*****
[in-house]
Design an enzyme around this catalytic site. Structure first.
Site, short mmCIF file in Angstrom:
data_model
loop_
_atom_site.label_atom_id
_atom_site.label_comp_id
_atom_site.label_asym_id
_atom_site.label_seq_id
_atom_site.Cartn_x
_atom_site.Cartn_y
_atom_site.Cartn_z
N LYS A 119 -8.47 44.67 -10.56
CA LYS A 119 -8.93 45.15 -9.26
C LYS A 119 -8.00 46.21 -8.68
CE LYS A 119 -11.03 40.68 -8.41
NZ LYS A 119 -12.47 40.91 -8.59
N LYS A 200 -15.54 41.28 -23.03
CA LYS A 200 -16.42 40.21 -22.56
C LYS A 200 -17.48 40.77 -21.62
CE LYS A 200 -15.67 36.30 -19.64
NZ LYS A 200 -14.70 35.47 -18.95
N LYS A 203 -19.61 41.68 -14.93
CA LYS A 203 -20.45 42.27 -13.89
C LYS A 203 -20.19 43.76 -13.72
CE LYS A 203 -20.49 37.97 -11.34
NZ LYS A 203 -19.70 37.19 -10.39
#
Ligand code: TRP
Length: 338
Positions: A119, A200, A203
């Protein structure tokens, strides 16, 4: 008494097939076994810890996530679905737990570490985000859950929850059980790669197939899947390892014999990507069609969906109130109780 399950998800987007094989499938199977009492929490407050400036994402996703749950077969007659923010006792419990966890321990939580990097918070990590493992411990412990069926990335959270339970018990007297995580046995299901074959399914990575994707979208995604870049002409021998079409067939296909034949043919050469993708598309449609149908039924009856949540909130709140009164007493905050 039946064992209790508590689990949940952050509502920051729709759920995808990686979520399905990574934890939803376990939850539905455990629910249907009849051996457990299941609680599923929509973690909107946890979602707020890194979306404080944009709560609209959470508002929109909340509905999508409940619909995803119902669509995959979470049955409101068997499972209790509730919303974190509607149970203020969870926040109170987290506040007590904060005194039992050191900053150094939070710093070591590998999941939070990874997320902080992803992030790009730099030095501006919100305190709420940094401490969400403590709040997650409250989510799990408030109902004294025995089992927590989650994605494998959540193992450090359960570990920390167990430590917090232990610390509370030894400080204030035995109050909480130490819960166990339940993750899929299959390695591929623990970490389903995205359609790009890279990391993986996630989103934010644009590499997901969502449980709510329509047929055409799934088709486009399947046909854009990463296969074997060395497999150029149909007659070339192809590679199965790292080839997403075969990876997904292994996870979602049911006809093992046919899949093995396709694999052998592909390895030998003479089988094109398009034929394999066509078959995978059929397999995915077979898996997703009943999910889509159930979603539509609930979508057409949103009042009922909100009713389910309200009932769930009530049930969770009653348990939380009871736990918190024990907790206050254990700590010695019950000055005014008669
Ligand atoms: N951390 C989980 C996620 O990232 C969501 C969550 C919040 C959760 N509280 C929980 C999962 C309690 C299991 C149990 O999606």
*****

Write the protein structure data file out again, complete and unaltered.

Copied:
[in-house]
Design an enzyme around this catalytic site. Structure first.
Site, short mmCIF file in Angstrom:
data_model
loop_
_atom_site.label_atom_id
_atom_site.label_comp_id
_atom_site.label_asym_id
_atom_site.label_seq_id
_atom_site.Cartn_x
_atom_site.Cartn_y
_atom_site.Cartn_z
N LYS A 119 -8.47 44.67 -10.56
CA LYS A 119 -8.93 45.15 -9.26
C LYS A 119 -8.00 46.21 -8.68
CE LYS A 119 -11.03 40.68 -8.41
NZ LYS A 119 -12.47 40.91 -8.59
N LYS A 200 -15.54 41.28 -23.03
CA LYS A 200 -16.42 40.21 -22.56
C LYS A 200 -17.48 40.77 -21.62
CE LYS A 200 -15.67 36.30 -19.64
NZ LYS A 200 -14.70 35.47 -18.95
N LYS A 203 -19.61 41.68 -14.93
CA LYS A 203 -20.45 42.27 -13.89
C LYS A 203 -20.19 43.76 -13.72
CE LYS A 203 -20.49 37.97 -11.34
NZ LYS A 203 -19.70 37.19 -10.39
#
Ligand code: TRP
Length: 338
Positions: A119, A200, A203
């Protein structure tokens, strides 16, 4: 008494097939076994810890996530679905737990570490985000859950929850059980790669197939899947390892014999990507069609969906109130109780 399950998800987007094989499938199977009492929490407050400036994402996703749950077969007659923010006792419990966890321990939580990097918070990590493992411990412990069926990335959270339970018990007297995580046995299901074959399914990575994707979208995604870049002409021998079409067939296909034949043919050469993708598309449609149908039924009856949540909130709140009164007493905050 039946064992209790508590689990949940952050509502920051729709759920995808990686979520399905990574934890939803376990939850539905455990629910249907009849051996457990299941609680599923929509973690909107946890979602707020890194979306404080944009709560609209959470508002929109909340509905999508409940619909995803119902669509995959979470049955409101068997499972209790509730919303974190509607149970203020969870926040109170987290506040007590904060005194039992050191900053150094939070710093070591590998999941939070990874997320902080992803992030790009730099030095501006919100305190709420940094401490969400403590709040997650409250989510799990408030109902004294025995089992927590989650994605494998959540193992450090359960570990920390167990430590917090232990610390509370030894400080204030035995109050909480130490819960166990339940993750899929299959390695591929623990970490389903995205359609790009890279990391993986996630989103934010644009590499997901969502449980709510329509047929055409799934088709486009399947046909854009990463296969074997060395497999150029149909007659070339192809590679199965790292080839997403075969990876997904292994996870979602049911006809093992046919899949093995396709694999052998592909390895030998003479089988094109398009034929394999066509078959995978059929397999995915077979898996997703009943999910889509159930979603539509609930979508057409949103009042009922909100009713389910309200009932769930009530049930969770009653348990939380009871736990918190024990907790206050254990700590010695019950000055005014008669
Ligand atoms: N951390 C989980 C996620 O990232 C969501 C969550 C919040 C959760 N509280 C929980 C999962 C309690 C299991 C149990 O999606």